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Alive Update: 16 Verses ~ The Passover Lamb

Theme: The Passover Lamb

Verse: For the Lord will pass through to strike the Egyptians, and when he sees the blood on the lintel and on the two doorposts, the Lord will pass over the door and will not allow the destroyer to enter your houses to strike you. (Exodus 12:23)

Key Biblical Theological Themes: Redemption, Substitution

The Story So Far: God created a kingdom, and he is the King, but he made human beings to represent him in that kingdom. Adam and Eve rejected this call, which led to sin and death. But God promised to defeat the Serpent through the seed of the woman, who is also the seed of Abraham. Through Abraham’s family, and specifically Judah’s royal seed, the covenant blessings would come to the world. Because all people were guilty and deserved death, the sacrifices of the Mosaic law revealed more clearly their need for a substitute.

Here’s a question for us from this passage: How exactly did God rescue his people from slavery in Egypt?

On the night before he would finally rescue them from Egypt, God commanded each Israelite family to sacrifice a lamb and spread its blood over the top of their door and the doorposts on each side. Then he said:

[23] For the LORD will pass through to strike the Egyptians, and when he sees the blood on the lintel and on the two doorposts, the LORD will pass over the door and will not allow the destroyer to enter your houses to strike you. (Exodus 12:23 ESV)

So, we see that in a very direct way, God rescued his people by the blood of the Passover Lambs.

Because the lambs were sacrificed, the people did not have to die. Because the blood of the lambs was spilt, the firstborn sons were safe.

It had to be this way because the Egyptians were not the only ones under a death sentence.

The Israelites were just as guilty, if not more so… it’s a familiar sin they were guilty of, just like Adam and Eve in the Garden, they didn’t trust that God’s words were true.

Here’s the beautiful thing: when God passed His judgment on Egypt, he provided a way of escape for His people. This way of escape laid the foundation for the law He was about to give them…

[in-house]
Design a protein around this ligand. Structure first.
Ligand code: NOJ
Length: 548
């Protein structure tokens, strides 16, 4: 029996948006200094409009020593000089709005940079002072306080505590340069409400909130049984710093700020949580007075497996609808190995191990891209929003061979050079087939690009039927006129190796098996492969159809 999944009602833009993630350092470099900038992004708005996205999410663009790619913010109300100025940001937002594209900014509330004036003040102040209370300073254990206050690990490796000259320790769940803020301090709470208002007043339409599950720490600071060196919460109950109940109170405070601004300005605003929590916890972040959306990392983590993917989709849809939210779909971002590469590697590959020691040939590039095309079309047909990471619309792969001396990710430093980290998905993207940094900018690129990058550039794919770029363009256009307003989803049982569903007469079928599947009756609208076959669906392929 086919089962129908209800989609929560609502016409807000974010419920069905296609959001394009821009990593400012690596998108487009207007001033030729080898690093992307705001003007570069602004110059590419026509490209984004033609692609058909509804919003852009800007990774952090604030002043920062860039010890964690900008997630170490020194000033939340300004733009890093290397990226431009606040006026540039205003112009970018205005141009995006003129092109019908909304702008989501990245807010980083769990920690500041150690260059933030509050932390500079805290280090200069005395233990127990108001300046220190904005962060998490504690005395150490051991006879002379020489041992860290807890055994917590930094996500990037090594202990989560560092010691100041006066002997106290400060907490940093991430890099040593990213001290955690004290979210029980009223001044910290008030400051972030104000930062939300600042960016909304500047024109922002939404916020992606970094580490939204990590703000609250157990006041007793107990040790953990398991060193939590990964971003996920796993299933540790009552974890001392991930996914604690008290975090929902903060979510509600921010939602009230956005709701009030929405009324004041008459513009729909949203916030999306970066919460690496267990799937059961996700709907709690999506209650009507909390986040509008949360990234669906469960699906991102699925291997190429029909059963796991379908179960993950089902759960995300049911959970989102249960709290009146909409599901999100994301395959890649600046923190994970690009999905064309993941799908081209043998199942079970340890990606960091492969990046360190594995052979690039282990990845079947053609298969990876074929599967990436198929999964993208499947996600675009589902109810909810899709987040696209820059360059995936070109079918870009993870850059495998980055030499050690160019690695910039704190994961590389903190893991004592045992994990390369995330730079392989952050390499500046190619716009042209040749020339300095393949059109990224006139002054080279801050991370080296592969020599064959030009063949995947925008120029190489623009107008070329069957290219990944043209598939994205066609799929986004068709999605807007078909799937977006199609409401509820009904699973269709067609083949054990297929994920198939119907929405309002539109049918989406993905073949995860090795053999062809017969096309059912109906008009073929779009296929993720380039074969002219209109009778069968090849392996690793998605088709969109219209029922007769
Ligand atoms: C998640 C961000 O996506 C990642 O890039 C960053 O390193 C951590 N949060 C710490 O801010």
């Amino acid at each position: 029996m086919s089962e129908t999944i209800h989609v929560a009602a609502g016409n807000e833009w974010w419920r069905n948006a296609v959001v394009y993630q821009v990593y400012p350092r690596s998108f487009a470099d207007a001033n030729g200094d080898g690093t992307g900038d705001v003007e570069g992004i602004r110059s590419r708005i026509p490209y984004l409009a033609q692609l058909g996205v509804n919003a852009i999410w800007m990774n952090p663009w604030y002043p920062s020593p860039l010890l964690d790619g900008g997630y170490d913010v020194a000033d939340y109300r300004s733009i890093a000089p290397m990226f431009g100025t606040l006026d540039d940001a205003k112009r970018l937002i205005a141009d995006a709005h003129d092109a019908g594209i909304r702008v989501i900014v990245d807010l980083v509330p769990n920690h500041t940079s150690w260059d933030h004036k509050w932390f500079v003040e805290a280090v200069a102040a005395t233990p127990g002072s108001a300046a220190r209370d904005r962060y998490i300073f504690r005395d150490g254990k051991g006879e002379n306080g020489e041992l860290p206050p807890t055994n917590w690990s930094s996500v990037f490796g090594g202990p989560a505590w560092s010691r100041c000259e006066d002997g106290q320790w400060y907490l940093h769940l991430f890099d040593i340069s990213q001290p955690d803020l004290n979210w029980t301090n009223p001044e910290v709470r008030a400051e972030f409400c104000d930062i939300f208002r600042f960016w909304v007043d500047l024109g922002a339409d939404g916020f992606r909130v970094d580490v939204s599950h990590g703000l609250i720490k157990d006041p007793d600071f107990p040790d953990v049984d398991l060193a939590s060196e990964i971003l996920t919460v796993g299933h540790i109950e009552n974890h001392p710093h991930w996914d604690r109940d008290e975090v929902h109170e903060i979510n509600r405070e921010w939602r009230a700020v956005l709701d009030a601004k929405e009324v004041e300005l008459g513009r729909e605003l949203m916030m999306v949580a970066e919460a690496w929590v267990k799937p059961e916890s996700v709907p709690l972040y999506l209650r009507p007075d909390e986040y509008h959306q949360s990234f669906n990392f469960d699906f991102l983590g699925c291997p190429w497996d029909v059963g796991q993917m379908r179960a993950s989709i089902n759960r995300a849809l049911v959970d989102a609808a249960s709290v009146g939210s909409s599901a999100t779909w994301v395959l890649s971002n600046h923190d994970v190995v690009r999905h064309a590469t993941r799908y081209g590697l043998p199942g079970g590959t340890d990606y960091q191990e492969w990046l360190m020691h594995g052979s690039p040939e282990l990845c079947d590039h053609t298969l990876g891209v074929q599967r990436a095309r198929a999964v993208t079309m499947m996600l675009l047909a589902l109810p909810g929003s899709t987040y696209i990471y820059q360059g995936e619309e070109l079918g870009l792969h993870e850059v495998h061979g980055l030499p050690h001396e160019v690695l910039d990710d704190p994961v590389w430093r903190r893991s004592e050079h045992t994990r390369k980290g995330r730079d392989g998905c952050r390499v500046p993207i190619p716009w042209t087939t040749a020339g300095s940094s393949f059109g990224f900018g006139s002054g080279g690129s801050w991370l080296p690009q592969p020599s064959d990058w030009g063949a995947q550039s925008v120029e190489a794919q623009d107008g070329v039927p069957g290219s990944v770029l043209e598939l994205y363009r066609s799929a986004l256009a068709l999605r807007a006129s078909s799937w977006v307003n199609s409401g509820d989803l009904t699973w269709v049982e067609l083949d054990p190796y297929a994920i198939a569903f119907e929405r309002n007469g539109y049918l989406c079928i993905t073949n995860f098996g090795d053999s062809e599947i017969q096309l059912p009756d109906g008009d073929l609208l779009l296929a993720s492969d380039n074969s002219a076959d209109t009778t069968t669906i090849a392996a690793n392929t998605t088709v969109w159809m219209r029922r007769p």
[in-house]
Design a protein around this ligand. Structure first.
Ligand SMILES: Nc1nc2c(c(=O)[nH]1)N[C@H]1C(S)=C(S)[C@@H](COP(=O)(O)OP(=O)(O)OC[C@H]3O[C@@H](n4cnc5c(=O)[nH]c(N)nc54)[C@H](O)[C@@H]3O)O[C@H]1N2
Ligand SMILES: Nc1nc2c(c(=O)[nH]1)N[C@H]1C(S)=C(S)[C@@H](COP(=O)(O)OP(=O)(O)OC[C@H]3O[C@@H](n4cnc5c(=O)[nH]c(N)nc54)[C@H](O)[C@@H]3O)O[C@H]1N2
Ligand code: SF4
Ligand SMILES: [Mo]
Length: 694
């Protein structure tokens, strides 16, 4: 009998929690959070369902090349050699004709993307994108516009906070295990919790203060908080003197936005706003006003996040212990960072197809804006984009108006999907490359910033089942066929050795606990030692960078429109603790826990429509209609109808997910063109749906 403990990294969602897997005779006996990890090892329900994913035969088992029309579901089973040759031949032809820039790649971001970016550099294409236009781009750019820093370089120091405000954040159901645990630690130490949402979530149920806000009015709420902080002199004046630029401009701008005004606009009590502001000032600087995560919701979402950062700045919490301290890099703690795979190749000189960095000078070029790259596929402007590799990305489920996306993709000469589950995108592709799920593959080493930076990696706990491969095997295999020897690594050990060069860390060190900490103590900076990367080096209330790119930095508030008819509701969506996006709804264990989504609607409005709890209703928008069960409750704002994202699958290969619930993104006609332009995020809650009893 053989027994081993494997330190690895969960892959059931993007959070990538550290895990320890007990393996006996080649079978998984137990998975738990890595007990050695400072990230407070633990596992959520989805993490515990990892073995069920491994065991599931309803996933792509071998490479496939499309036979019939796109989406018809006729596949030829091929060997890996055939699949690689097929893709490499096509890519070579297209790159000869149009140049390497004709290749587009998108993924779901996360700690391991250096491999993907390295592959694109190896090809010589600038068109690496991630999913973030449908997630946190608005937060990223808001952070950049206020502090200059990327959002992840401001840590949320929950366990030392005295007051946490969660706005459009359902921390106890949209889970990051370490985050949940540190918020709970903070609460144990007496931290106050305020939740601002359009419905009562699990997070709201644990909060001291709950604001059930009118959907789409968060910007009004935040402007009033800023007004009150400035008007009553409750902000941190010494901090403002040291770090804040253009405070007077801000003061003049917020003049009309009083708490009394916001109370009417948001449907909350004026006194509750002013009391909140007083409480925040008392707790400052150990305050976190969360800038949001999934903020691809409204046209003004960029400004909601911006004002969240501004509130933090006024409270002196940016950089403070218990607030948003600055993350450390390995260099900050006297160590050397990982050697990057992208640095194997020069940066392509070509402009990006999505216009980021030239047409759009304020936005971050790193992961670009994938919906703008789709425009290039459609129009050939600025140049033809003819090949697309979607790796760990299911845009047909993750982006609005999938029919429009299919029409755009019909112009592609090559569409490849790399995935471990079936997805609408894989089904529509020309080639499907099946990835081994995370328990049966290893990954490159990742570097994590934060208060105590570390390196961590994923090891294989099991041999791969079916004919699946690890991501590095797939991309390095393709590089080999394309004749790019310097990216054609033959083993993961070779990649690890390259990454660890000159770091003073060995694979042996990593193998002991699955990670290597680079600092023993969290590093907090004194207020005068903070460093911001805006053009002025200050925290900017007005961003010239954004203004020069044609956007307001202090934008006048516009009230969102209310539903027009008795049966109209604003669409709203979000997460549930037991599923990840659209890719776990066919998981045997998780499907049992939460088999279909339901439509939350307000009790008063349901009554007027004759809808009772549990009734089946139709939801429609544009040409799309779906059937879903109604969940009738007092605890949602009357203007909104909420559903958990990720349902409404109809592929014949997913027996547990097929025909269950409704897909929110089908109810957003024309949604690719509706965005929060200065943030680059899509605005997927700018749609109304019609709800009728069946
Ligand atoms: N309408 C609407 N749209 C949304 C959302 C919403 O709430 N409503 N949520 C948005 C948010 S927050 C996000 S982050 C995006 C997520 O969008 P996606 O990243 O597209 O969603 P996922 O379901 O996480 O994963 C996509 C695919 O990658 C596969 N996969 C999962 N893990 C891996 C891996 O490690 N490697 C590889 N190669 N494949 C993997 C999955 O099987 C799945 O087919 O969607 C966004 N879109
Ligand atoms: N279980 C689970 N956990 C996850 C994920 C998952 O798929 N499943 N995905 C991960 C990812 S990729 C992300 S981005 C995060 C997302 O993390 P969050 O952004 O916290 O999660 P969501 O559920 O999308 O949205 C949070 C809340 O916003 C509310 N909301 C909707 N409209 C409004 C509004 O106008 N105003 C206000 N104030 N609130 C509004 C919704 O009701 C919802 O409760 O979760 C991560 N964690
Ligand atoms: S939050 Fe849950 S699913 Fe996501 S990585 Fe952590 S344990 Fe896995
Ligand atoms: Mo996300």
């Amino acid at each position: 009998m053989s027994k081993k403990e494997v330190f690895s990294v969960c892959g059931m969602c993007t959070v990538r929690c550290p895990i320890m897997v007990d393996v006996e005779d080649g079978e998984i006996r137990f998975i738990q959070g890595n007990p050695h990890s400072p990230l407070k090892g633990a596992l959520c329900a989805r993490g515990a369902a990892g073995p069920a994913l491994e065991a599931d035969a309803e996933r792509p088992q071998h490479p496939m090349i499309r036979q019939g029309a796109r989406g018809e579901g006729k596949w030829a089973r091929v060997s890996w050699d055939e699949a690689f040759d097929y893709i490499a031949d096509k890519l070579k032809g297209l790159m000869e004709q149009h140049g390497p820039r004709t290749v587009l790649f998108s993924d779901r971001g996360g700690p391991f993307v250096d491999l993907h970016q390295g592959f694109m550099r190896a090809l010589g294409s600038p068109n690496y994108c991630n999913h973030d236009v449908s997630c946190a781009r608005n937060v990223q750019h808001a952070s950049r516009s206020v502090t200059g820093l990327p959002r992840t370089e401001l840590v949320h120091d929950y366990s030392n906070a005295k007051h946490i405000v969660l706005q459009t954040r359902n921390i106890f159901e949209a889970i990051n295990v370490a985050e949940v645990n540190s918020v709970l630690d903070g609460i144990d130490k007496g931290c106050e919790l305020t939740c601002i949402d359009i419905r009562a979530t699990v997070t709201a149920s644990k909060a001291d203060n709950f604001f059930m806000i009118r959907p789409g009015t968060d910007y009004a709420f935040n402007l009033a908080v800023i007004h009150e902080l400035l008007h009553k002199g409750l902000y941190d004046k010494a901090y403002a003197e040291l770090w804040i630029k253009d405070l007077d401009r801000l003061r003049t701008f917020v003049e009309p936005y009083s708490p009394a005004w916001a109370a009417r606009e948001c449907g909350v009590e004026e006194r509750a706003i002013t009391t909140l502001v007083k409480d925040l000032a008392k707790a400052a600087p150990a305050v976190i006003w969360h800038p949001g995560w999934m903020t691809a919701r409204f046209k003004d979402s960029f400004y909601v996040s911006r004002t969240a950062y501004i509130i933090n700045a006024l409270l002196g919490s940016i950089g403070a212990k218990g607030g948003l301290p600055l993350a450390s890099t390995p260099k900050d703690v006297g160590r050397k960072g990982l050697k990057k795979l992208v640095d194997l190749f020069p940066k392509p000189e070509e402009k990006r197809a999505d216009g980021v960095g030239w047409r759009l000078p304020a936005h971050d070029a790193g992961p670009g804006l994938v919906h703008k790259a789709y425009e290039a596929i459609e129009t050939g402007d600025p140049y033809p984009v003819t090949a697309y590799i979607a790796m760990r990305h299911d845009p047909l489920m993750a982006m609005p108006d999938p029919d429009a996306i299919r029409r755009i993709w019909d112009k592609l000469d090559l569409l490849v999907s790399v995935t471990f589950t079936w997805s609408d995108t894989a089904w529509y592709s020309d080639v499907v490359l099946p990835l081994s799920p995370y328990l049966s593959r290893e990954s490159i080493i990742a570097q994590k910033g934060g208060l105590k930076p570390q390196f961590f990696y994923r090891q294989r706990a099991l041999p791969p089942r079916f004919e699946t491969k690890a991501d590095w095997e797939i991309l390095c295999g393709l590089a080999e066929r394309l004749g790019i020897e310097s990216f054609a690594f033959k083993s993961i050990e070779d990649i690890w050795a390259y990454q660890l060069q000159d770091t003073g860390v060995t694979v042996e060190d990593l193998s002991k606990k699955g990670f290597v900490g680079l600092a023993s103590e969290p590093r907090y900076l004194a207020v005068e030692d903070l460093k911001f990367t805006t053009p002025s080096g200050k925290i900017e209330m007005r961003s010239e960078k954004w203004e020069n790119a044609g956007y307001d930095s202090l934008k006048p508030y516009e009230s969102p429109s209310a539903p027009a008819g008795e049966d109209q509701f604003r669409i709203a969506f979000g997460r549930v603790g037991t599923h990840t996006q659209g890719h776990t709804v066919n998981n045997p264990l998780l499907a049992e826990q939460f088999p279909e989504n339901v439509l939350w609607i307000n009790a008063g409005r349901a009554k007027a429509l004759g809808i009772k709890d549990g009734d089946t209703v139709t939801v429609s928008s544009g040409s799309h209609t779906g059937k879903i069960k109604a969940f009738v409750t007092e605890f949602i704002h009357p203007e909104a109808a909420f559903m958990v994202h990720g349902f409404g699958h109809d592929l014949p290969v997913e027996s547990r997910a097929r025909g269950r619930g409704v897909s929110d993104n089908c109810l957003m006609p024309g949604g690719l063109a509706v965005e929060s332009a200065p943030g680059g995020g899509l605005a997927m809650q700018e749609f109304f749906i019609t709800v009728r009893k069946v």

The lambs died so that the firstborn sons would not… although we’ve seen hints of this before, this is one of the earliest, clear examples of the important Biblical principles of substitution.

In other words, the Passover lambs were substitutes for the firstborn of Israel.

There was a big problem with this sacrifice… namely, the fact that the people of Israel would soon need another one (sacrifice) on their behalf.

The law set Israel apparent as a nation, as God’s “treasured possession”

[6] “For you are a people holy to the LORD your God. The LORD your God has chosen you to be a people for his treasured possession, out of all the peoples who are on the face of the earth. (Deuteronomy 7:6 ESV)

The message sent to each and every Israelite, with each bull, goat or lamb sacrificed was this; “You deserve this, it should be your blood.”

Now, put yourself in the place of an Israelite for a moment.

If you were truly grasping the sacrificial meaning you would think to yourself: ‘The consequence of sin is death, but, in the garden, God promised to overcome the effects of sin and finally defeat the Serpent. However, these sacrifices have to be repeated year after year. So the can’t actually be defeating sing… in fact, when I offer a sacrifice, I am admitting that I deserve this death. So unless something or someone greater comes, all I am doing is delaying the inevitable… I need a greater sacrifice!

While God had many purposes for the law, one of the clearest and most important was to point to the need for a greater sacrifice still to come.

God redeemed His people from slavery in Egypt by means of a substitute.

The entire Mosaic covenant points forward to the need for a greater sacrifice. It points us to the promised seed.

Like Adam and Eve, however, the Israelites were not satisfied with God’s rule over them.

Eventually they asked for a king like the other nations around them. And God gave them what they asked for.

King Saul was exactly what they wanted – a king like the ones in the surrounding nations, a king who relied on military strength, the wisdom of man, and the worship of false gods.

But this was not the King through whom God’s promises would come.

That King would come much later.

For Discussion & Further Reading

1) Have you ever been confused or bothered by the Old Testament law and by the sacrifices in particular? Why do you think these things confused or bothered you?

2) In what ways do you understand the Old Testament law better after reading this chapter? What questions do you still have?

3) Notice the order of events in the exodus account. First, God keeps his promises and delivers his
people. Then he gives them the law. Do you see this pattern anywhere else in Scripture? What might
this teach us about how we should respond to commands in the Bible?

4) Both the Egyptians and the Israelites needed a substitute. Do you honestly see yourself as someone
who needs a substitute, or do you tend to think of yourself as someone who just needs a little extra help
to be okay? Why do you think that is the case?

Psalm 78 
How does this psalm help you understand the biblical theological themes from this chapter and the big story of the Bible, which culminates with Jesus?

Exodus 12 
What are some key insights from this passage that add to your understanding of the story and the biblical theological themes?

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